• Links to spike documents and investigations you’ve led
  • Notes from any office hours or learning opportunities you’ve pursued
  • Technical debt or tech hygiene tasks you’ve worked on

As time passes it can be hard to remember all of the work you’ve done, so try to update your document somewhat regularly (once monthly was a good cadence for me.)

5) Get buy-in from your manager by expressing your promotion goal early on.

Almost a full year before the promo cycle began, I spoke with my manager (he actually brought it up to me first!) and we mapped out all of the promotion requirements and identified gaps and areas of improvement early on. This allowed me to be strategic in the work I’d be taking on to make sure there wasn’t anything missing when it came time to get promoted.

In my opinion, it’s never too soon to bring this up. Even if your manager doesn’t feel you’re quite ready for promotion, it’s also best you know that information as soon as possible so you can come up with a readiness plan.

6) Seek mentorship from someone who has navigated the promotion process.

I had a senior engineer outside of my immediate scrum team walk me through her experience going through a promo. I also asked her to review my brag book and provide feedback, specifically asking if there was anything she felt was missing from the criteria for the next level.

Reaching out for this mentorship was so helpful because I was lucky enough that my mentor even shared what salary increase and bonus she received when she was promoted from my level so that I could make sure I was getting fair pay. As a Black woman in engineering, equal pay is something extremely important to me. I am thankful to have had her guidance and transparency to help me advocate for myself!

7) Solicit timely feedback from your peers (and make the process as easy for them as possible!)

I’ve had the pleasure of working with a few different product managers and designers, some on very small one-off tasks or tiny features. However, even if I worked with someone in a limited capacity, I’d always request feedback. You can leverage any internal tools that your company may provide access to, or send out an anonymous Google form.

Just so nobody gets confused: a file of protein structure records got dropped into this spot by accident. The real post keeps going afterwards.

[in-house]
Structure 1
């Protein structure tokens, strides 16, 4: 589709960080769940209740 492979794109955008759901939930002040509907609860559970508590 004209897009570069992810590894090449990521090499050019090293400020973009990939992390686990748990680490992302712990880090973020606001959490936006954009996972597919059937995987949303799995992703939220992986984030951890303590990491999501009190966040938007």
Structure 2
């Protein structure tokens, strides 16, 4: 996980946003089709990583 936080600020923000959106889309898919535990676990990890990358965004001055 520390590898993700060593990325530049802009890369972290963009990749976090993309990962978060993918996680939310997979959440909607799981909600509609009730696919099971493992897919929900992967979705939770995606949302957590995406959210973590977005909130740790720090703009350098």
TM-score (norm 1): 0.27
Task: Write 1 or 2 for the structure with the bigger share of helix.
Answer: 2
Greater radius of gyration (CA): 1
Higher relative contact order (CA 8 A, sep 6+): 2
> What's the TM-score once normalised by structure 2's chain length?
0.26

Whatever tool you use, I recommend making this process as simple as possible. Remember your peers are busy, and the less resistance they feel to doing this task for you, the more likely they are to do it quickly! You can make it easy by requesting feedback within a month of working on a project or task with them, so they can easily remember examples. The more specific the feedback, positive or constructive, the more helpful it will be for you. You can also send over a mini version of your list of contributions to any folks giving feedback on you in case they want to reference specific features/tasks. Remember - make it easy on them!

8) Bring visibility to your work.

Doing great work won’t really matter if no one knows about it. Take advantage of opportunities to demo your work to your broader team, talk about your projects and successes with your colleagues, and share your contributions regularly with your manager. Don’t let all your hard work go unnoticed!

These recommendations are all my opinions on things you can do to make promotion more of a no-brainer for whoever will be evaluating you. My overall advice, however, would be this — understand that promotions are decided by people, and people are imperfect. Therefore, try to stack the odds in your favor as much as possible by being over-prepared!

I hope this post was helpful. Please share and leave a comment if anything resonates with you.